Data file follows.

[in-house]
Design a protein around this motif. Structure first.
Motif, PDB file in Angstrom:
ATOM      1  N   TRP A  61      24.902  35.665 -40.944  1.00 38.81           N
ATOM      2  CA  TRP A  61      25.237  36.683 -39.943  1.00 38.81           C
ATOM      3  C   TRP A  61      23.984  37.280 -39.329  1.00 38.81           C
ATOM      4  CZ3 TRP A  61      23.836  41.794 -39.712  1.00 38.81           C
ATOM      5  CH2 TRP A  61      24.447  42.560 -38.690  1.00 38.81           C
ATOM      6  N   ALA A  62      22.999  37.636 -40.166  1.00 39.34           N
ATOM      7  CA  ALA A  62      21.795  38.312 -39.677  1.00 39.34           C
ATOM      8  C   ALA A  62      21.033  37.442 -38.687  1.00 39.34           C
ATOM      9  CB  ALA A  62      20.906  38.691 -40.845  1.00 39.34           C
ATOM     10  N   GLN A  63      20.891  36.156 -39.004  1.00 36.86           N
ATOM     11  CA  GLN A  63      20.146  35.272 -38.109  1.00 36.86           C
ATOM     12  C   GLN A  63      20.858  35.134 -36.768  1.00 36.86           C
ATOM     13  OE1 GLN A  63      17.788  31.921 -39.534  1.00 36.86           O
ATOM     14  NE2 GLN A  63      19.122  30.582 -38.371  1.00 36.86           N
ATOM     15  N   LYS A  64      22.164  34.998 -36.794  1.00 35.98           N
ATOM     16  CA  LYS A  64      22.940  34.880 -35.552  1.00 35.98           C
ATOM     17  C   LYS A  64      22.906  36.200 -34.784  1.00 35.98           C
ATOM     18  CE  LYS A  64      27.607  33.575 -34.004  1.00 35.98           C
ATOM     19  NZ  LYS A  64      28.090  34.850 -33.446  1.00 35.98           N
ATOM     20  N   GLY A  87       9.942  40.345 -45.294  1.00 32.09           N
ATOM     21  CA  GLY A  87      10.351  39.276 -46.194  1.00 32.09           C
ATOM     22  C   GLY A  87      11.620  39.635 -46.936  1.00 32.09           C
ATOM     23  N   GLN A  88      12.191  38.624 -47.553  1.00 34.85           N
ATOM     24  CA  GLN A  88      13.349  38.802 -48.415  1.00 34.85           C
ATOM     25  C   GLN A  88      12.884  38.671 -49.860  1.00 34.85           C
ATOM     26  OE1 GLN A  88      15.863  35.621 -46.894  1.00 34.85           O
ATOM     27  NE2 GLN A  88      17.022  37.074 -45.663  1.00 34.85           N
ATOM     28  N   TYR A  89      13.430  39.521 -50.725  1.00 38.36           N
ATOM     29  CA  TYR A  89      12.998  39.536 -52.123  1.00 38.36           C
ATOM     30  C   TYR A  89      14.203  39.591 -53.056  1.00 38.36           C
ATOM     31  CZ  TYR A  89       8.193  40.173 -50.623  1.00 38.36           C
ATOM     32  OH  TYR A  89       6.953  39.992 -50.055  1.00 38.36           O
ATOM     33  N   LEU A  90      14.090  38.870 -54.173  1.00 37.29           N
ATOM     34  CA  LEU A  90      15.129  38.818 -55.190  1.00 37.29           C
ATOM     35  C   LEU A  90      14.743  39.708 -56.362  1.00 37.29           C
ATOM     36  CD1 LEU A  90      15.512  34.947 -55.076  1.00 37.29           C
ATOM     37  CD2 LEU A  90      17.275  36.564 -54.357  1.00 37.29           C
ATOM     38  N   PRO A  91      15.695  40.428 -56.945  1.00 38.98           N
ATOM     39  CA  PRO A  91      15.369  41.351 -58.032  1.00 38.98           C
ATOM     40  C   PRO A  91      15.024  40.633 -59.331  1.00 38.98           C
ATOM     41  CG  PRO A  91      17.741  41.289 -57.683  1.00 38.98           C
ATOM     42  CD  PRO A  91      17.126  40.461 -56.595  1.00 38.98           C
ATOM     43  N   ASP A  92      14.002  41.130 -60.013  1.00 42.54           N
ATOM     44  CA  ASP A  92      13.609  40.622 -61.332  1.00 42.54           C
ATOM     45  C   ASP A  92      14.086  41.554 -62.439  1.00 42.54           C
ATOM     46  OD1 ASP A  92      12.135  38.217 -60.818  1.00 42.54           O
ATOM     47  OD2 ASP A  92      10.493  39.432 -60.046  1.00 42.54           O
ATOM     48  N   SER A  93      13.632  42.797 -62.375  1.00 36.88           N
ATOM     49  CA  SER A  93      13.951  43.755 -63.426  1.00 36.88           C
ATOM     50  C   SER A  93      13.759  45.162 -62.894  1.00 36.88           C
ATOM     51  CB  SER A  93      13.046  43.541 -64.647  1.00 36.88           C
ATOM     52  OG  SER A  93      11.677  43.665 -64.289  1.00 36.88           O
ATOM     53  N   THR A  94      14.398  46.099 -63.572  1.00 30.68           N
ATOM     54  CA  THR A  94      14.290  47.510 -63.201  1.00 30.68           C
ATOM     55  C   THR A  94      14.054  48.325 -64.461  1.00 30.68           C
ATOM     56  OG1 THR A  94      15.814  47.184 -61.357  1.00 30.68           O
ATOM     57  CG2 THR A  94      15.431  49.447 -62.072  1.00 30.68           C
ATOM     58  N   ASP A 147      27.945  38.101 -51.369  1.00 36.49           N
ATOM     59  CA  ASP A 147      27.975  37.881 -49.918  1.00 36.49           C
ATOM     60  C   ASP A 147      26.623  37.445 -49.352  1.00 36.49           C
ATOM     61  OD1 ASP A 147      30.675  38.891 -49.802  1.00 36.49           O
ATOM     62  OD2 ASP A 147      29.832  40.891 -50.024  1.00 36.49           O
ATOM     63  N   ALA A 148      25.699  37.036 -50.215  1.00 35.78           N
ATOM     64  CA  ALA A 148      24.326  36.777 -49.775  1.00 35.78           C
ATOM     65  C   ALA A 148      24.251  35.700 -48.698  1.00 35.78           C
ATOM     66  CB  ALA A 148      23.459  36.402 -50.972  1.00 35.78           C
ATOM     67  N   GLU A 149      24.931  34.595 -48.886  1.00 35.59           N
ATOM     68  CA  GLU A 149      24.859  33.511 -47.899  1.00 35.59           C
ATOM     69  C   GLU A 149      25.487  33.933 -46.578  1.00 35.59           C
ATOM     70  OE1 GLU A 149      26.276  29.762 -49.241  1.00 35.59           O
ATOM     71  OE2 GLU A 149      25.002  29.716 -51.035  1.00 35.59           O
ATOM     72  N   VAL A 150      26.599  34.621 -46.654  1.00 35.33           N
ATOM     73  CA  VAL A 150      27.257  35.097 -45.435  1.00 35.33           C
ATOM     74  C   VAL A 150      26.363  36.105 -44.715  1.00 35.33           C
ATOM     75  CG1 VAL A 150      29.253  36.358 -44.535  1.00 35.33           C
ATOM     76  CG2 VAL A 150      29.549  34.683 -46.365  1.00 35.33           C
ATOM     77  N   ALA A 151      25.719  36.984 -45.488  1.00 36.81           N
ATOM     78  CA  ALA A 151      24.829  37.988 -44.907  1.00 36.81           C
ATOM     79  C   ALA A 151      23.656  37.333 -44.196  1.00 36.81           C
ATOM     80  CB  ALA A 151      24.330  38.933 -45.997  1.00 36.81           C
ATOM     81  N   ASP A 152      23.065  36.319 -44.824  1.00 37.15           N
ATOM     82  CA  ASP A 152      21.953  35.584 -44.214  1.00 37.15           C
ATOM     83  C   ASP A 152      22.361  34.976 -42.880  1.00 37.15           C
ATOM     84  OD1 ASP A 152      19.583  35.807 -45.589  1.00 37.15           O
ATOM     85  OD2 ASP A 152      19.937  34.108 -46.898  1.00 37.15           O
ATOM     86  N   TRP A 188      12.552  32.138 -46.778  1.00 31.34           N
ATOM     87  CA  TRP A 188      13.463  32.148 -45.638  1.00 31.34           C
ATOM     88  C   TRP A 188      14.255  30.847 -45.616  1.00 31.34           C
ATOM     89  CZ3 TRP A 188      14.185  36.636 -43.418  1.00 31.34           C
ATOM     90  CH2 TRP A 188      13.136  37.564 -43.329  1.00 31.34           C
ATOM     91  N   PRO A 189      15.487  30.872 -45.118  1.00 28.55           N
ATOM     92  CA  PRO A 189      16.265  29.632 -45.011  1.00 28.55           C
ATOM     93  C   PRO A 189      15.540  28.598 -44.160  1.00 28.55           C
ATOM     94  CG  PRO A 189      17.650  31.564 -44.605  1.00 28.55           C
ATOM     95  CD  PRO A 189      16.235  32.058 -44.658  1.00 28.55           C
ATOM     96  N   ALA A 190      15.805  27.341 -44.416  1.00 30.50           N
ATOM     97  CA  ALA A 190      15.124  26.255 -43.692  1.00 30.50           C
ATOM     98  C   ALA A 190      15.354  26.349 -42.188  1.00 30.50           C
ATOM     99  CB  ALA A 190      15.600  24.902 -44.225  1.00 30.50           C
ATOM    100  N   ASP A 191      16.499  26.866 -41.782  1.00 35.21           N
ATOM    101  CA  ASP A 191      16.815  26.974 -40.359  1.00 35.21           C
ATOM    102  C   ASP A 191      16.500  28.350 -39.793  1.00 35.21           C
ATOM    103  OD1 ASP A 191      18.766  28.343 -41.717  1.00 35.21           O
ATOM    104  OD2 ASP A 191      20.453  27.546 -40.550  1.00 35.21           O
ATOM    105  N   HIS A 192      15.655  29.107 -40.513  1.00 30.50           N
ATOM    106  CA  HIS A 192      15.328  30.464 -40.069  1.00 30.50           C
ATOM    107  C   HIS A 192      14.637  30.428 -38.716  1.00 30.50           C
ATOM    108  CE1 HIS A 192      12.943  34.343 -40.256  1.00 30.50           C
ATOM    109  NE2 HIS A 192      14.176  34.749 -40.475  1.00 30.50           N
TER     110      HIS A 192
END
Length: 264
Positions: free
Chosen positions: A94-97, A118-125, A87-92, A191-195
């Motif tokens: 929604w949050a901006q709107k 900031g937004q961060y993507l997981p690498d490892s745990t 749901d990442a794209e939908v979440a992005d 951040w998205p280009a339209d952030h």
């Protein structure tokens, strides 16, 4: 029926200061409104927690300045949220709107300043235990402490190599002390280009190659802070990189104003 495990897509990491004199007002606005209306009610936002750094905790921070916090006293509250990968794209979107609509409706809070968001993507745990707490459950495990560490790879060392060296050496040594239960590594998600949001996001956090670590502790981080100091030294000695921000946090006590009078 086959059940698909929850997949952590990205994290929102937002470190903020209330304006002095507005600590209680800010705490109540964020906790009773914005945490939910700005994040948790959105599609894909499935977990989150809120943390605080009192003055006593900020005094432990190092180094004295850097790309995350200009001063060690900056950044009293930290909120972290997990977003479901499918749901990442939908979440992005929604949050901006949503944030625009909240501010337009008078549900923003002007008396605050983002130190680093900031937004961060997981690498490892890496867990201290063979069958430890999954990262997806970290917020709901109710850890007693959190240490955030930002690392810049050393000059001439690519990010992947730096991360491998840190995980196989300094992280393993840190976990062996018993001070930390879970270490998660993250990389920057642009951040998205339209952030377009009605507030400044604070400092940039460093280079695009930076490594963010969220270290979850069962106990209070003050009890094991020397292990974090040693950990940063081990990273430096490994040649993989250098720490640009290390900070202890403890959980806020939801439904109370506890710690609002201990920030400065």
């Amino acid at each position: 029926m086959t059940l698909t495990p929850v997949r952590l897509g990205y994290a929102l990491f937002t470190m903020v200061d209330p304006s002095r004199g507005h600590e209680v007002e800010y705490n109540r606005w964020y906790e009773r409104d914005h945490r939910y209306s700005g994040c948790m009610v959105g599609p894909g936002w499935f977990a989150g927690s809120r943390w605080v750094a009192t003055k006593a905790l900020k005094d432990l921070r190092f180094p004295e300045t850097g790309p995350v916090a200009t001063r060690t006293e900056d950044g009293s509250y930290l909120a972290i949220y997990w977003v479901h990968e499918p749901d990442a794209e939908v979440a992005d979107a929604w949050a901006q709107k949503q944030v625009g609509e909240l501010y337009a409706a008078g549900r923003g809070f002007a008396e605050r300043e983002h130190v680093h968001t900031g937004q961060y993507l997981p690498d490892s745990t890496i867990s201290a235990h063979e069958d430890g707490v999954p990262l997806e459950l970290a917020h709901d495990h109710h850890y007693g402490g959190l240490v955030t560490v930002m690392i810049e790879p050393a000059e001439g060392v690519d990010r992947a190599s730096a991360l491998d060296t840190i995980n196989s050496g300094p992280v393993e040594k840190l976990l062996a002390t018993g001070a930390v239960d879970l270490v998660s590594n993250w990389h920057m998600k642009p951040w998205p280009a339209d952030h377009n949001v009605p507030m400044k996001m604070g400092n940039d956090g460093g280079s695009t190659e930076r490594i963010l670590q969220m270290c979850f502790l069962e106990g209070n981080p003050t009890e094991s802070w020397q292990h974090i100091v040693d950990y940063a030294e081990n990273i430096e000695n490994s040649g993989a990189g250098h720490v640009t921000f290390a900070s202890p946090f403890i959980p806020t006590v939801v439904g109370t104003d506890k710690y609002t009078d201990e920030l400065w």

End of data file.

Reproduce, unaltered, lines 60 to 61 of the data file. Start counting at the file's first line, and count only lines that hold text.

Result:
ATOM     57  CG2 THR A  94      15.431  49.447 -62.072  1.00 30.68           C
ATOM     58  N   ASP A 147      27.945  38.101 -51.369  1.00 36.49           N